Monday, July 10, 2017

Footprints of a Legend (An excerpt) by Russell Victor Acord


"Footprints of a Legend" is one of a series of three stories involving an unwilling captive who is submerged into the wild and secretive world of the legendary bigfoot. Many mysteries of their existence are revealed throughout the pages mixed with heart pounding suspense that will make even the biggest skeptic question his own doubt. This novel is filled with landmarks, facts, laughter, tears and white knuckle action that will take you deep into the Bitterroot Mountains of Montana. In my heart I believe that many mysteries of the great wilderness have only been revealed but to a select few, who share their experiences in the face of skepticism. From all that I have seen for myself; heard from others and have blind faith in; this is my story for your enjoyment. This could very well be a true story!

The following excerpt is from the book "Footprints of a Legend" by Russell Victor Acord.

I grew up as a great wilderness enthusiast and big game hunter in the Bitterroot Mountains of Montana. At an early age, I understood that the wilderness needs to be respected as well as protected due to the rough terrain and fragile life within. As a young boy my father would take me into the high country through rockslides and heavily wooded areas where he would point out different tracks of the wildlife that inhabited the beautiful landscape. Each day provided a new lesson in outdoor survival. Fishing trips and camping in the never ending beauty had grown to be my favorite pastime. Little did I know that the lessons I learned in those backcountry wilderness trips, was an education for my survival in the future. It was here in the Bitterroot Mountain Range of Montana, high up on Kootenai Mountain, where the following journey begins.

I was 33 years old with seven years of military service in the US Army behind me. I was feeling the need to get out and reunite myself with my childhood. I wanted some high-altitude exercise, and a little reflection with time to drink up the plentiful supply of the pure fresh mountain air. Over the past several years I had seen my share of the military "action" and desperately needed some time alone in the wild for a bit of self healing and a lot less background noise. Nothing in my military career or my experience with the wilderness could have prepared me for the mysterious and wild events that lie ahead.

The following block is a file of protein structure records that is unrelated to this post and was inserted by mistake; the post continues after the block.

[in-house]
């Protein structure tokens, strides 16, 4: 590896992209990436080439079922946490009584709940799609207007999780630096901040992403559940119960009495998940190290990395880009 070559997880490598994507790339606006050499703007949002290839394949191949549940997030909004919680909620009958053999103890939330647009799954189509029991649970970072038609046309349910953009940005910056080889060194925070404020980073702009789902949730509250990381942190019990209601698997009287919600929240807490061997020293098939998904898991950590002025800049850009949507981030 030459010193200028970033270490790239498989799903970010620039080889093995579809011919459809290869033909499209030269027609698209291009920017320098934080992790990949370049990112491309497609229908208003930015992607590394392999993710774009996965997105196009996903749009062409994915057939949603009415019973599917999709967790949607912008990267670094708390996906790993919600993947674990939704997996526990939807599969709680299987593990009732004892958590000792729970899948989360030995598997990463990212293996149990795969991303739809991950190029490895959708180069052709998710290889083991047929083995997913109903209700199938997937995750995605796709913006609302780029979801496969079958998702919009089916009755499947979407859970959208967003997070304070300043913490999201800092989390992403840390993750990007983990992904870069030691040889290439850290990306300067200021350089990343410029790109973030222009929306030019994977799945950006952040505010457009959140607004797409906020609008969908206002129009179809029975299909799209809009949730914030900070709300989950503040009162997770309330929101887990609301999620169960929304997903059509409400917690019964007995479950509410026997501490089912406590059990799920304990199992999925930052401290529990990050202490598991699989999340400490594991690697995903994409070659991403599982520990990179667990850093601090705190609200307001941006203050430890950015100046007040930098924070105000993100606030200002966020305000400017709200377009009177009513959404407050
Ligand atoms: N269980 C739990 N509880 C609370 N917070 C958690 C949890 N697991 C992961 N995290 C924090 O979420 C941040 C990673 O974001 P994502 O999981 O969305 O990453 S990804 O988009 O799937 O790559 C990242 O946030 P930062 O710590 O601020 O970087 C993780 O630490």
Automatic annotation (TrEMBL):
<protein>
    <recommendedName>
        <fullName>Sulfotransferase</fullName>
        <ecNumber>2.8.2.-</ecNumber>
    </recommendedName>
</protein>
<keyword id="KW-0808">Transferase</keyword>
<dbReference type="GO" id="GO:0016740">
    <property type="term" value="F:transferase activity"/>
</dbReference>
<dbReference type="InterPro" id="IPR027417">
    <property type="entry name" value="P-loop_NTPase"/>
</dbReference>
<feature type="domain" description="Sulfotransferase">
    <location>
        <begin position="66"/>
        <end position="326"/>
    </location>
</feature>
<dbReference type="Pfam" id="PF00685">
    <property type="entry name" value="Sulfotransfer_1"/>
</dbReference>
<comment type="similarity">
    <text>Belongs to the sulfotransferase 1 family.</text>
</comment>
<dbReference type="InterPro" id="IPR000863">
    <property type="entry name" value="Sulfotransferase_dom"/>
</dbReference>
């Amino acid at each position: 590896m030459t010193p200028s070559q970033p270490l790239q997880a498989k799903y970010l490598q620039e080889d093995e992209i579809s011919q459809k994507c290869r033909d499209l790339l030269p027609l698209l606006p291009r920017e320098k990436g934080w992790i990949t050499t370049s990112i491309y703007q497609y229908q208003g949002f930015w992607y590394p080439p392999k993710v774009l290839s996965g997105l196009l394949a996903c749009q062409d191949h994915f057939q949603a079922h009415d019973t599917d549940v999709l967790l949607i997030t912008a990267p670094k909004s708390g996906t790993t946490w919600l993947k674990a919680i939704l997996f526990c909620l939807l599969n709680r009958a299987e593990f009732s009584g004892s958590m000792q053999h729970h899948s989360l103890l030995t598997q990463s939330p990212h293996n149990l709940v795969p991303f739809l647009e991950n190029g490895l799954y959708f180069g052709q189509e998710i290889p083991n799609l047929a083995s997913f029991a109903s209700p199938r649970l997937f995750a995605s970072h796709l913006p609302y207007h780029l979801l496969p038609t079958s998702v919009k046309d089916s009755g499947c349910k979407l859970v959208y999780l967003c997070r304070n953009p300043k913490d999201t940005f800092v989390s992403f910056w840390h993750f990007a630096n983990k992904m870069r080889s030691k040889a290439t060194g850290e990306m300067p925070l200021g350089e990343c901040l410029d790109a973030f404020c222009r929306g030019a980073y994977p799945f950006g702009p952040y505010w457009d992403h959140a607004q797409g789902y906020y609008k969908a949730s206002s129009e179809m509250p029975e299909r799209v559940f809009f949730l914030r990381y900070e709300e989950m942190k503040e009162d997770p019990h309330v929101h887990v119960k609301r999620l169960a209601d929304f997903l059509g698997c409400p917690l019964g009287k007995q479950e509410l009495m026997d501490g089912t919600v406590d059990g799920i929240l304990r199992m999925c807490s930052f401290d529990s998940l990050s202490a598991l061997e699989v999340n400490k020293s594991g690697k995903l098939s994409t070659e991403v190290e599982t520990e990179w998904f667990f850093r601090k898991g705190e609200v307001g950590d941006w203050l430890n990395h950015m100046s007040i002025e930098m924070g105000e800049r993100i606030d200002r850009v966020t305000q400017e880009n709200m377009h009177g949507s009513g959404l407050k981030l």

It was mid August of 2007 and the wide-spread smoke from the distant forest fires had the Bitterroot Valley looking hazed and appearing overcast. There had been no rain to speak of and summer was clearly going to continue its pattern of warm nights and hot, dry days.

A few years ago my parents sold our old farmhouse on the eastside highway in Florence and moved to some acreage in Helena, Montana. Trying to keep up with the livestock and ranch in Florence was too much for my parents without help. So I wouldn't be able to drop in unannounced and stay with them like I had in the past. I felt a little cheated as Mom always made the best breakfast in town and the familiar shuffling of Dad's morning newspaper was something that I had missed over the years. I checked in at a local hotel in Stevensville instead, just minutes away from the Kootenai Mountain trailhead. I prepared my backpack for a five or six day trip into the steep, rugged mountains and felt my anticipation grow. I was excited to get out, explore my old stomping grounds and fish the fresh backcountry streams for some rainbow trout. I knew I could make a fishing pole out of available branches or saplings so I stopped by the old convenience store in Florence and picked out a few fishing flies that were sure to catch the Moby Dick of the high country. I put three flies inside my wallet and hooked three more on the rim of my tattered baseball cap. I bought a disposable camera, beef jerky and picked out a couple of cheap lighters for campfires made easy. I laughed to myself as I thought of my military training on how to make fire without the benefit of matches or lighters. Boy was I going to be spoiled on this trip! I picked up a small spool of fishing line to complete my fishing supplies for the trip and headed south on highway 93 towards Stevensville.

I woke up around four-thirty in the morning and reviewed the list of necessary items needed for the trip and finished tightening up my backpack. After a half cup of awful tasting instant hotel coffee, I pulled on my good old trusty handcrafted Whites boots and headed for the truck. I backed out of the parking lot and looked up at the majestic Kootenai Mountain. I felt a great sense of calmness as I took in the view and contours of the beautiful Bitterroot Mountain Range. The hint of the red sunrise offered a nice backdrop for the jagged edges of the cliffs and mountain as it erupted skyward into the fading stars. Before I drove too far, I called Dad on the cell phone to give him a heads up on what I was up to.